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Transcriptome analysis of highly purified mouse spermatogenic cell populations: gene expression signatures switch from meiotic-to postmeiotic-related processes at pachytene stage.

da Cruz I, Rodríguez-Casuriaga R, Santiñaque FF, Farías J, Curti G, Capoano CA, Folle GA, Benavente R, Sotelo-Silveira JR, Geisinger A - BMC Genomics (2016)

Bottom Line: Interestingly, we found that a considerable number of genes involved in early as well as late meiotic processes are already on at early meiotic prophase, with a high proportion of them being expressed only for the short time lapse of lepto-zygotene stages.Moreover, we found that a good proportion of the differential gene expression in spermiogenesis corresponds to up-regulation of genes whose expression starts earlier, at pachytene stage; this includes transition protein-and protamine-coding genes, which have long been claimed to switch on during spermiogenesis.In addition, our results afford new insights concerning X chromosome meiotic inactivation and reactivation.

View Article: PubMed Central - PubMed

Affiliation: Department of Genomics, Instituto de Investigaciones Biológicas Clemente Estable (IIBCE), Av. Italia 3318, 11,600, Montevideo, Uruguay.

ABSTRACT

Background: Spermatogenesis is a complex differentiation process that involves the successive and simultaneous execution of three different gene expression programs: mitotic proliferation of spermatogonia, meiosis, and spermiogenesis. Testicular cell heterogeneity has hindered its molecular analyses. Moreover, the characterization of short, poorly represented cell stages such as initial meiotic prophase ones (leptotene and zygotene) has remained elusive, despite their crucial importance for understanding the fundamentals of meiosis.

Results: We have developed a flow cytometry-based approach for obtaining highly pure stage-specific spermatogenic cell populations, including early meiotic prophase. Here we combined this methodology with next generation sequencing, which enabled the analysis of meiotic and postmeiotic gene expression signatures in mouse with unprecedented reliability. Interestingly, we found that a considerable number of genes involved in early as well as late meiotic processes are already on at early meiotic prophase, with a high proportion of them being expressed only for the short time lapse of lepto-zygotene stages. Besides, we observed a massive change in gene expression patterns during medium meiotic prophase (pachytene) when mostly genes related to spermiogenesis and sperm function are already turned on. This indicates that the transcriptional switch from meiosis to post-meiosis takes place very early, during meiotic prophase, thus disclosing a higher incidence of post-transcriptional regulation in spermatogenesis than previously reported. Moreover, we found that a good proportion of the differential gene expression in spermiogenesis corresponds to up-regulation of genes whose expression starts earlier, at pachytene stage; this includes transition protein-and protamine-coding genes, which have long been claimed to switch on during spermiogenesis. In addition, our results afford new insights concerning X chromosome meiotic inactivation and reactivation.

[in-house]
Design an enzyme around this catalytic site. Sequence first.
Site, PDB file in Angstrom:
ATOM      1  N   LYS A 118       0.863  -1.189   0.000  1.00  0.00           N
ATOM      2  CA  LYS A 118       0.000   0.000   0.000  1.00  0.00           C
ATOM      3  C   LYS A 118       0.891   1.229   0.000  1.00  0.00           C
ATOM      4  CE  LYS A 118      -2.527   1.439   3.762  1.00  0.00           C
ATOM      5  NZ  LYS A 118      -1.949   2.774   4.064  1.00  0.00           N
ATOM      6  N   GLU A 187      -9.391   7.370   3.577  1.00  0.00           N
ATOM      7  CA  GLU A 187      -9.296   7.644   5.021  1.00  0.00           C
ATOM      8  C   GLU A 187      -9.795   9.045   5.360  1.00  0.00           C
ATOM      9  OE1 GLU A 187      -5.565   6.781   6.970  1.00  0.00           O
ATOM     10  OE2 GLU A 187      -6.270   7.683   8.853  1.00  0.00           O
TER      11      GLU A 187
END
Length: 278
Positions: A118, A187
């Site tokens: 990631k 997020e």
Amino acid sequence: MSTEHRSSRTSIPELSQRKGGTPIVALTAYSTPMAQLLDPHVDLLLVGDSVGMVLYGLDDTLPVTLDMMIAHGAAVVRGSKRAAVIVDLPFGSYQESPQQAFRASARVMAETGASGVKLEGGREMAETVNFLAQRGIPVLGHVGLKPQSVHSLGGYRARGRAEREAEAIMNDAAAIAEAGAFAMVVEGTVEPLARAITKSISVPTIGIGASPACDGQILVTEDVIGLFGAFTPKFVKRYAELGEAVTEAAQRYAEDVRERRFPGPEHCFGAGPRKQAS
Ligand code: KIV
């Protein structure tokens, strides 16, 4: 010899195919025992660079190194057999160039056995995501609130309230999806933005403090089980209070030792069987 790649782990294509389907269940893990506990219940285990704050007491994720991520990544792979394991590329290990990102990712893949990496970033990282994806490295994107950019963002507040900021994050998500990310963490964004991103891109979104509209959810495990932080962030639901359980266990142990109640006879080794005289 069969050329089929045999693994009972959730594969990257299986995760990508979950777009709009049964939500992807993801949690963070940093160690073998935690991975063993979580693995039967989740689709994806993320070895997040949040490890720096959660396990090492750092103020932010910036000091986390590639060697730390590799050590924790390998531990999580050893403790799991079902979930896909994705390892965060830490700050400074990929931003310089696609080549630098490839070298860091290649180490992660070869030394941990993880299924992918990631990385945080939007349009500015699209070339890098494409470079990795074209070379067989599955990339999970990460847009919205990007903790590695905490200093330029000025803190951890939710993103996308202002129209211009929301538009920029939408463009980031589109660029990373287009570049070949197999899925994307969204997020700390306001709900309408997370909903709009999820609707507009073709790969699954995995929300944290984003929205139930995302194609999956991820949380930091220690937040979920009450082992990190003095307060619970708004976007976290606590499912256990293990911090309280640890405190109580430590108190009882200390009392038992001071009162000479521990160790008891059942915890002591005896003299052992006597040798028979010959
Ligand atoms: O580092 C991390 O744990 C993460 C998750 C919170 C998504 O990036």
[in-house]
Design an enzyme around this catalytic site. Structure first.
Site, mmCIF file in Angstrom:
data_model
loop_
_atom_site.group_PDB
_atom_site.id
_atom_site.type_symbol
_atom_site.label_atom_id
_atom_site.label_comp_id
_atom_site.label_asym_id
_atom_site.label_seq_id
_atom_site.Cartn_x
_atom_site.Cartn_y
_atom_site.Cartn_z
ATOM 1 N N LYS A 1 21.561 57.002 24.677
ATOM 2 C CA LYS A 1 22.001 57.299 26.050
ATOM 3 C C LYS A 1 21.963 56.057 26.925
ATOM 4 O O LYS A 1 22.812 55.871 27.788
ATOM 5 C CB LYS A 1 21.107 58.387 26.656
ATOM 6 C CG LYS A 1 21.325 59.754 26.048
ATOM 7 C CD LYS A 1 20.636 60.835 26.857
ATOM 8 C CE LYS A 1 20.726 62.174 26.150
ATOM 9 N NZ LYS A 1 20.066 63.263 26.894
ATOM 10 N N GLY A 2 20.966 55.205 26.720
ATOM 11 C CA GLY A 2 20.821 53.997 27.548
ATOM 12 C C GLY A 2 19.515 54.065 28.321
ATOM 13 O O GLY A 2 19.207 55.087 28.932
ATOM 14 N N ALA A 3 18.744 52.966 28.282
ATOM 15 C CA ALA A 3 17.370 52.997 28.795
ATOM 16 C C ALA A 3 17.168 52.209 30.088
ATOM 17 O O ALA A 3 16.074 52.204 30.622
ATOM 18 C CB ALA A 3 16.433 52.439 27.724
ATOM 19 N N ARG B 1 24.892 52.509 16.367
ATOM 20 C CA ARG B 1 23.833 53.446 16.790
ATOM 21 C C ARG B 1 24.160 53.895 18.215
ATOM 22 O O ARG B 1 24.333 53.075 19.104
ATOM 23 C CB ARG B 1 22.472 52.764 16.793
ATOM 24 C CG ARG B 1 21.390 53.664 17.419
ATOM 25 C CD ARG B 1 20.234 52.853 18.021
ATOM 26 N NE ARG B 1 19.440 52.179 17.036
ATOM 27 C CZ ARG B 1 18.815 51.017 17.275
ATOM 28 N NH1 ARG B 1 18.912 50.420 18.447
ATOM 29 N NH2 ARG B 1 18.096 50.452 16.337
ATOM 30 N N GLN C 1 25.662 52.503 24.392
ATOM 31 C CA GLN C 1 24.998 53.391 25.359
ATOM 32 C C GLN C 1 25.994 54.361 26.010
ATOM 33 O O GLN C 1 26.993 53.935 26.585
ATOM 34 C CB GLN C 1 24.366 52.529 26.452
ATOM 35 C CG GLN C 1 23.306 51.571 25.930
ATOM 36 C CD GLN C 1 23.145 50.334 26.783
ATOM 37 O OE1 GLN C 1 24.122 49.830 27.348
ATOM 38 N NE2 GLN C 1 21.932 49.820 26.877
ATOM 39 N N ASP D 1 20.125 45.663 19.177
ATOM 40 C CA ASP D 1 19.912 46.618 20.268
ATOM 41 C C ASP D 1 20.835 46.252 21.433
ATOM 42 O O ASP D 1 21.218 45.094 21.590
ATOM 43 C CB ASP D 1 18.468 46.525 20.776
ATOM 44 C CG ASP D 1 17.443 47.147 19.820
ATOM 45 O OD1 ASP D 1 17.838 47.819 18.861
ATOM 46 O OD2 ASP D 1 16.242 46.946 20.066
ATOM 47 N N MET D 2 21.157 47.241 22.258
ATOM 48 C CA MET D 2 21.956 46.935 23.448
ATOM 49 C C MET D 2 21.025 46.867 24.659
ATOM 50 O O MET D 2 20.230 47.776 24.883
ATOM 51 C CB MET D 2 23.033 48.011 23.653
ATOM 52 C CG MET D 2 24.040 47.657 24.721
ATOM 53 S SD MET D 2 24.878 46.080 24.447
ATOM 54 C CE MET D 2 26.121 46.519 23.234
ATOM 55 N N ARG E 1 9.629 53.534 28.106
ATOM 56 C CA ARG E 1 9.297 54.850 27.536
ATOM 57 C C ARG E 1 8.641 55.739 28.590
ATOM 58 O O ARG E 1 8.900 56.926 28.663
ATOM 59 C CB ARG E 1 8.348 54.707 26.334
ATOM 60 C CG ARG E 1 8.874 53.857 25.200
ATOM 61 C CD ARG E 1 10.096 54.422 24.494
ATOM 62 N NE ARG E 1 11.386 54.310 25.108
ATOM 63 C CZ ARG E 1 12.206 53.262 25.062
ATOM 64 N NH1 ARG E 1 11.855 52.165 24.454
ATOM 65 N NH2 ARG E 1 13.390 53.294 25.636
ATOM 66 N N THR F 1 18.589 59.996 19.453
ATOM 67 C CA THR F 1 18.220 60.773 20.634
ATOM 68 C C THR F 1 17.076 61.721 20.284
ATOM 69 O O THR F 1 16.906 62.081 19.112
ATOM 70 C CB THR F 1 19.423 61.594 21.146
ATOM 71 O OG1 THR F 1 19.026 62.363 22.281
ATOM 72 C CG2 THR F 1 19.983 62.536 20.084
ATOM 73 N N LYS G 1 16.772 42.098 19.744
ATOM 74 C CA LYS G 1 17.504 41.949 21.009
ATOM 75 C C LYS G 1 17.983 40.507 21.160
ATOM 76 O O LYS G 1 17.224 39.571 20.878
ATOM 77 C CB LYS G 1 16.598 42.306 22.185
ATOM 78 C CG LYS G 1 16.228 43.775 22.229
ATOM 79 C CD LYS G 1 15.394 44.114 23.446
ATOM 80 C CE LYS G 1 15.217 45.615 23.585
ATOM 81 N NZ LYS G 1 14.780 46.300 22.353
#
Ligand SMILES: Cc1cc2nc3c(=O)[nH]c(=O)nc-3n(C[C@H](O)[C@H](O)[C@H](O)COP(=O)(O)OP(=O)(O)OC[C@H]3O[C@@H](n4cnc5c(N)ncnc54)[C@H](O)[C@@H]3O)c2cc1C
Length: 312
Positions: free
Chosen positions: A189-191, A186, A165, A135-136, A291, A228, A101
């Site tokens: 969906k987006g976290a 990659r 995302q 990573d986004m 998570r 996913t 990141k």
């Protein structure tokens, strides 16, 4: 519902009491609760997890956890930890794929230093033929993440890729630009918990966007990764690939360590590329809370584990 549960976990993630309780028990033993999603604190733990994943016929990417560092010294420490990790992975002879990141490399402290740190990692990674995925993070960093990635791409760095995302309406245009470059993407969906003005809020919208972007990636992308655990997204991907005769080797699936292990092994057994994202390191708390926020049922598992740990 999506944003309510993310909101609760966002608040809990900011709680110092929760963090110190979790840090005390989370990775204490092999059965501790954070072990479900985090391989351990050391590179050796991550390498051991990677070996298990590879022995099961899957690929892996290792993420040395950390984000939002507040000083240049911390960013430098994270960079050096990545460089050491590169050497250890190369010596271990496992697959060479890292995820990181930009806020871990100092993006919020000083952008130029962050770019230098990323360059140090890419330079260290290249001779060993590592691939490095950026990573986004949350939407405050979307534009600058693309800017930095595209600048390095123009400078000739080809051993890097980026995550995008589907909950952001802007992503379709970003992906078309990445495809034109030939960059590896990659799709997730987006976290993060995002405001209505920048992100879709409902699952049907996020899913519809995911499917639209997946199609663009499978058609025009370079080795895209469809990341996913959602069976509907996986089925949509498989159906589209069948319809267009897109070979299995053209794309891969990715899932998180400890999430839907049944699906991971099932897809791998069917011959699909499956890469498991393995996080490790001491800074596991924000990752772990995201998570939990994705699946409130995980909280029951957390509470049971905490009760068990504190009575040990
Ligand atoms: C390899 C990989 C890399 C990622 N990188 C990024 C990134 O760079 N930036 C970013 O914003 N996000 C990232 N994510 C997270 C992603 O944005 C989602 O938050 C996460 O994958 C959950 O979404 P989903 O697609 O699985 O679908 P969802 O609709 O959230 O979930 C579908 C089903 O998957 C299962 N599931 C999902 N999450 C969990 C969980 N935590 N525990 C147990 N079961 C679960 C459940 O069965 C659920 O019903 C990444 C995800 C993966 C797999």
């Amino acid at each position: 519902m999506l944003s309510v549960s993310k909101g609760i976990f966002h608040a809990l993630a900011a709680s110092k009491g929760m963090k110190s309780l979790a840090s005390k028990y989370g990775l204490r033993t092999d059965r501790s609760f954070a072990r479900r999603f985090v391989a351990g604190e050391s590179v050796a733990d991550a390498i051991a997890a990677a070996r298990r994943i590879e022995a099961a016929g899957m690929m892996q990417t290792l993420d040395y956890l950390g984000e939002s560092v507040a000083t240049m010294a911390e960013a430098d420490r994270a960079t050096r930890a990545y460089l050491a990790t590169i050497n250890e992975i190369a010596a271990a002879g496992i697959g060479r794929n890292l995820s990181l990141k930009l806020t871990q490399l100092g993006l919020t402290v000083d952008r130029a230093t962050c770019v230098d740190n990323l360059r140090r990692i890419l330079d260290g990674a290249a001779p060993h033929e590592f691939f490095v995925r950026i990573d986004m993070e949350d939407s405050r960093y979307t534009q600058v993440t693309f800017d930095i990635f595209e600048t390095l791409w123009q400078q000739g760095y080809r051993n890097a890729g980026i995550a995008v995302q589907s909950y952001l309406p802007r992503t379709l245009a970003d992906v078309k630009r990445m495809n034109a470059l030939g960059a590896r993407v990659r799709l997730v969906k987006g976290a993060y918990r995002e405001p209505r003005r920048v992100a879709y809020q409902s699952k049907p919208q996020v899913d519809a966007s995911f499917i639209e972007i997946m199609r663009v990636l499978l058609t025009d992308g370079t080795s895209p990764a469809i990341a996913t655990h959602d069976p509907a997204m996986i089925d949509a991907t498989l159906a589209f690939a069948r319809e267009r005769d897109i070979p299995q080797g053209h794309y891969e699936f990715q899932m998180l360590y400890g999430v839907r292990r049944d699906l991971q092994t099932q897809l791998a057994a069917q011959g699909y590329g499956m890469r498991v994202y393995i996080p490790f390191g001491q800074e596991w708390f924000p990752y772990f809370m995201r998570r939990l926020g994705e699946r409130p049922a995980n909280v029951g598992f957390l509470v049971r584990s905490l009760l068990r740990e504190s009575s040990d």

Conclusions: This work provides for the first time an overview of the time course for the massive onset and turning off of the meiotic and spermiogenic genetic programs. Importantly, our data represent a highly reliable information set about gene expression in pure testicular cell populations including early meiotic prophase, for further data mining towards the elucidation of the molecular bases of male reproduction in mammals.

No MeSH data available.


Related in: MedlinePlus

Dynamic expression patterns of 13 selected genes representative of the different expression profiles. The analyses were carried out by RNAseq (CLC bio and edgeR) and qPCR. a. Expression profiles obtained by RNAseq analysis (CLC bio: orange; edgeR: blue) and qPCR analysis (yellow). Col1a1: collagen, type I, alpha 1; Sycp3: synaptonemal complex protein 3; Dazl: deleted in azoospermia-like; Tex15: testis expressed 15; Top2a: DNA topoisomerase II, alpha isozyme; Dnahc8: dynein, axonemal, heavy chain 8; Tcte3: T-complex-associated-testis-expressed 3; Atp8b3: ATPase, aminophospholipid transporter, class I, type 8B, member 3; Clgn; calmegin; Spa17: sperm autoantigenic protein 17; Ldhc: lactate dehydrogenase c; Tnp1: transition protein 1; Prm1: protamine 1. b. Correlation between the expression levels in RNAseq analysis (RPKM values of CLC bio analysis) and those obtained by qPCR analysis for the 13 selected genes in the four testicular cell populations
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Fig6: Dynamic expression patterns of 13 selected genes representative of the different expression profiles. The analyses were carried out by RNAseq (CLC bio and edgeR) and qPCR. a. Expression profiles obtained by RNAseq analysis (CLC bio: orange; edgeR: blue) and qPCR analysis (yellow). Col1a1: collagen, type I, alpha 1; Sycp3: synaptonemal complex protein 3; Dazl: deleted in azoospermia-like; Tex15: testis expressed 15; Top2a: DNA topoisomerase II, alpha isozyme; Dnahc8: dynein, axonemal, heavy chain 8; Tcte3: T-complex-associated-testis-expressed 3; Atp8b3: ATPase, aminophospholipid transporter, class I, type 8B, member 3; Clgn; calmegin; Spa17: sperm autoantigenic protein 17; Ldhc: lactate dehydrogenase c; Tnp1: transition protein 1; Prm1: protamine 1. b. Correlation between the expression levels in RNAseq analysis (RPKM values of CLC bio analysis) and those obtained by qPCR analysis for the 13 selected genes in the four testicular cell populations

Mentions: The dynamic expression patterns of all genes in the four cell populations were consistent with both RNAseq analyses (CLC bio and edgeR) (Fig. 6a). Additionally, there was a high correlation between RNAseq and qRT-PCR data (Pearson r2 between 0.81-0.93 for CLC bio -Fig. 6b, and 0.73-0.93 for edgeR-derived results), thus supporting the reliability of our RNAseq data.Fig. 6